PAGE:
To Get Ahead, Sit Down and Have a Chat

Pat Roberts

Recently I was asked for executive coaching by a young man who had received a big promotion in a blue-chip company. He was feeling unsure about how to show up effectively in his new role and believed an executive coach would help him.

I enquired about the conversations he had held with his manager and his manager’s manager around their expectations of him and discovered that no such conversations had taken place. He’d just been promoted and given a new role profile.

I asked him to set up conversations for himself and me with his two immediate superiors. In these meetings, I worked through a structured set of questions looking at all the perceptions and expectations of my client’s way of being in the business with each manager.

At the end of these two conversations, the young man had clarity on how to operate, what the expectations of him were, how he would be evaluated and how he could do additional things that would impress his managers and advance his career. He actually didn’t need a coach, just a couple of clear, structured conversations.

This lack of clear communication and contracting has reached critical levels in business. People appointed to positions feel they should know what to do, so don’t ask. Their managers are so busy that they don’t think through how to make new appointees as effective as possible.

A senior human resources practitioner recently left her employer, where she was highly regarded to take up a group head of human resources position in another organisation. When she resigned, she discovered she had been identified as a potential group head of human resources by her employer, but no one had taken the time to have a career path conversation with her — and now it was too late.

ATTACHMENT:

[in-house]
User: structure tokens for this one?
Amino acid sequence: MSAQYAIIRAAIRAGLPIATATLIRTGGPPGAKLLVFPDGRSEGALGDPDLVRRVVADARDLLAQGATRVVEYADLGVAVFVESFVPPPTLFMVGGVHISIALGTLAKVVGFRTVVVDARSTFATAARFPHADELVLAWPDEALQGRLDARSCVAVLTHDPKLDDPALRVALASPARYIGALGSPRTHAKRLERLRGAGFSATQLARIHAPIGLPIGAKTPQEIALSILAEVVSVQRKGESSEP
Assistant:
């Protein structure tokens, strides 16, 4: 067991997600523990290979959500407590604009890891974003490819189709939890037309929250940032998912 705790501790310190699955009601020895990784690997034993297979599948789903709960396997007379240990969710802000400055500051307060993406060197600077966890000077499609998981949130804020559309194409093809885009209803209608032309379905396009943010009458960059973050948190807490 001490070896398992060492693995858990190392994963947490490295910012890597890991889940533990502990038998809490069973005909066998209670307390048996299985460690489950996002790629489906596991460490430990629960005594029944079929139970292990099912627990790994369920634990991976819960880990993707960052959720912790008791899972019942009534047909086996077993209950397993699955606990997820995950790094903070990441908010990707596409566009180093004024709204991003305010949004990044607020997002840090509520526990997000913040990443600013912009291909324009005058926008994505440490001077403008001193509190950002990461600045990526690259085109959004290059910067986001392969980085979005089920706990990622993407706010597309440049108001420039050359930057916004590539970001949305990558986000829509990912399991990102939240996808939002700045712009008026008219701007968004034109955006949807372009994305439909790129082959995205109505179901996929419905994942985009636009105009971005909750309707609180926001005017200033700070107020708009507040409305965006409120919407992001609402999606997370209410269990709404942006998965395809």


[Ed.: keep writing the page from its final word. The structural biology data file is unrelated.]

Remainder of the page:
This is just one example of many such losses that businesses in SA suffer because of a lack of honest, open communication.

As companies try to hold on, particularly to the black talent they so desperately need to retain, the cost of not having these conversations increases exponentially.

Losing a talented member of staff due to lack of communication, transparency and vision comes at a high price, but no one seems to be taking the blame for this loss.

Talent-retention should play a more prominent role in executive assessment. The excuse of people moving for more money doesn’t hold true unless there have been clear and open career path conversations.

When a new employee joins an organisation, very often they receive a job description and possibly a formal induction programme.

What would make a difference to their potential for success would be to sit with their manager, interrogate the role profile as to delivery, behaviour, expectations, time frames and measurement, and then contract monthly update discussions about delivery against those expectations. This should happen no matter how senior the person is.

The new member of staff should also be having one-on-one conversations with each of the people they will be working with to understand their expectations and measurement of performance against those expectations. These can be simple conversations such as, “What do you expect of me in my role and how will you measure that?”; “You can rely on me for the following…”; “One way in which you could really impress me is…”